Glastonbury 2005: reports and reflections
'Socks on fire and a swallowed coathanger'
Report and photos by Tort, June 2005
Well this year’s Glasto was a bit different from the norm for me for 2 reasons. Firstly we had a proper muddy one, which I’ve never really experienced before.
And secondly it was the first time I’ve been to the festival as part of a largish group, having been joined by 7 local mates as a stag weekend for one of them.
Snowy, the Groom, is one of the lads I first went to the Festival with in ‘99 and two of the others are veterans from the ‘80’s but the other 4 were complete Glastovirgins.
3 of us arrived bright and early enough on the Wednesday morning to be in Dragon Field a tad after 11 O’Clock, only to find that a new fire lane had been placed in the upper portion of the field and that there was already insufficient room at Camp Urban for our 3 large tents.
So we dropped a little way down the hill and a full 3 & a half sweat filled & sunburnt hours later we had our 8, 6 and 5 man tents erected.
Twice in the case of the 2 larger tents in order to avoid a large area where, despite our best efforts, getting a tent peg more than an inch into the ground proved a physical, peg-bending impossibility.
I was delighted to find that our near neighbours included my good mates Flip & Lisa & also Pip & Ste 123, from the TOS Boards whose gigantic gazebo offered some much welcomed shade. Plus of course the Urban Crew and several other friends were just a stones throw further up the field.
We did a second trip back to the car via the Tipi Field, The Brothers Bar & The Cider Bus and stopped off to say “hi” to Infoman & also at Mr Mohican’s stall to admire his excellent artwork.
In the evening we spent several very pleasant hours back at the Bus, meeting up with friends old & new & waiting for 4 more of our crew to arrive, which they duly did at about 11pm. More Pear Cider was followed by a trip to the Stone Circle for bongo bashing around the fire pit and a weary stumble to bed just as the first glimmers of Thursday lit the sky.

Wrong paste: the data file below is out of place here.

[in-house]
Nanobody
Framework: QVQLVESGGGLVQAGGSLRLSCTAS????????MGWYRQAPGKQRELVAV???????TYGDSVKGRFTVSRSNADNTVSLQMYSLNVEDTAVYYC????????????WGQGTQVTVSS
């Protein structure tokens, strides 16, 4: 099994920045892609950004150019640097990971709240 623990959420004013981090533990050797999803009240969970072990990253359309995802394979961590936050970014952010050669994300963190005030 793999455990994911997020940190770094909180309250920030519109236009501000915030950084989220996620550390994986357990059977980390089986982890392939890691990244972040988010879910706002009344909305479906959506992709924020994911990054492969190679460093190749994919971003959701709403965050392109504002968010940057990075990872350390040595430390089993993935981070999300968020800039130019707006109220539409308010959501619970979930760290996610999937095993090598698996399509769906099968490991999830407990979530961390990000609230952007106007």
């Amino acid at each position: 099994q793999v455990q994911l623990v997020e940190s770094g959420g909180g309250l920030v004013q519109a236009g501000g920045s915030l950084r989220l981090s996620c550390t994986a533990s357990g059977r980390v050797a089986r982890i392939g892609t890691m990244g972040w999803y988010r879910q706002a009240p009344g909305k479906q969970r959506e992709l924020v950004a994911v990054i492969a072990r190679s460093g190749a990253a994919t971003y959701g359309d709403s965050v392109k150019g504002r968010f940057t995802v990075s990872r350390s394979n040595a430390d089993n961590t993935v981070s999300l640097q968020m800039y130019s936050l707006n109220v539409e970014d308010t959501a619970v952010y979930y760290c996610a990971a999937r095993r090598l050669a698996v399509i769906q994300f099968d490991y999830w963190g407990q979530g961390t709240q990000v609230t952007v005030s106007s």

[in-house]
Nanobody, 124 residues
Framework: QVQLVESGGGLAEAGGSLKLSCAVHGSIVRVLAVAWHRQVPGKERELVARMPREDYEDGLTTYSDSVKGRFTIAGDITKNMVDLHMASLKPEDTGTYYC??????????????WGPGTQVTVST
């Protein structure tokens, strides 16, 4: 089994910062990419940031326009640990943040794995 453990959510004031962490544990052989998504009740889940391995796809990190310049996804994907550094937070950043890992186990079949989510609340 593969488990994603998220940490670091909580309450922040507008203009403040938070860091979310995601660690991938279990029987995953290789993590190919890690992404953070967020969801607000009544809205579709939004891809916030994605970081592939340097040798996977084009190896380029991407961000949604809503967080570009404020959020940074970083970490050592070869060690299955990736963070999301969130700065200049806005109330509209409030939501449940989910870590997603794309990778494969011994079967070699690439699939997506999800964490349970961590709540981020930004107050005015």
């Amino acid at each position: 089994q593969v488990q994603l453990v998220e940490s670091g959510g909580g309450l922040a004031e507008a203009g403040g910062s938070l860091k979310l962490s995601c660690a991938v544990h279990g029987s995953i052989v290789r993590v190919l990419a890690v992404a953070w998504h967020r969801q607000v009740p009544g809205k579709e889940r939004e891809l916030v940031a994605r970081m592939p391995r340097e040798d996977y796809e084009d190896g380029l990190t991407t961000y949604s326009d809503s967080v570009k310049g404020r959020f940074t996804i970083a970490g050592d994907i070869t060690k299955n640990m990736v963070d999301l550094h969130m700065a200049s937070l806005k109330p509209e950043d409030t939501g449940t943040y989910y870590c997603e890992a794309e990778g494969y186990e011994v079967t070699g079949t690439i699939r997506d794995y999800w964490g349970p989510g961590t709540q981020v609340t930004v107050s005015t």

Another blisteringly hot day during which I severely over-indulged if the truth be told and have relatively little recollection of what actually happened. Certainly a considerable amount of cider was involved and a missing phone resulted in some friends from Barnsley coming back to camp for more drinks.
I was best part of an hour late for the TOS meet in Jazzworld, which was pretty poor form as I was supposed to be organising it.
I have very little memory of who I spoke to either there or at the simultaneous Mindless Banter meeting at the mixing tower. If it weren’t for photographic evidence I would hardly have believed I was there at all and so can only apologise to those I must have slurred at and expressed undying love for!
I do remember having the presence of mind to stumble up to Lost Vagueness at 10:30 to see The Bays, only to discover they had already done their set earlier than advertised and the Ballroom was now well & truly closed for the evening.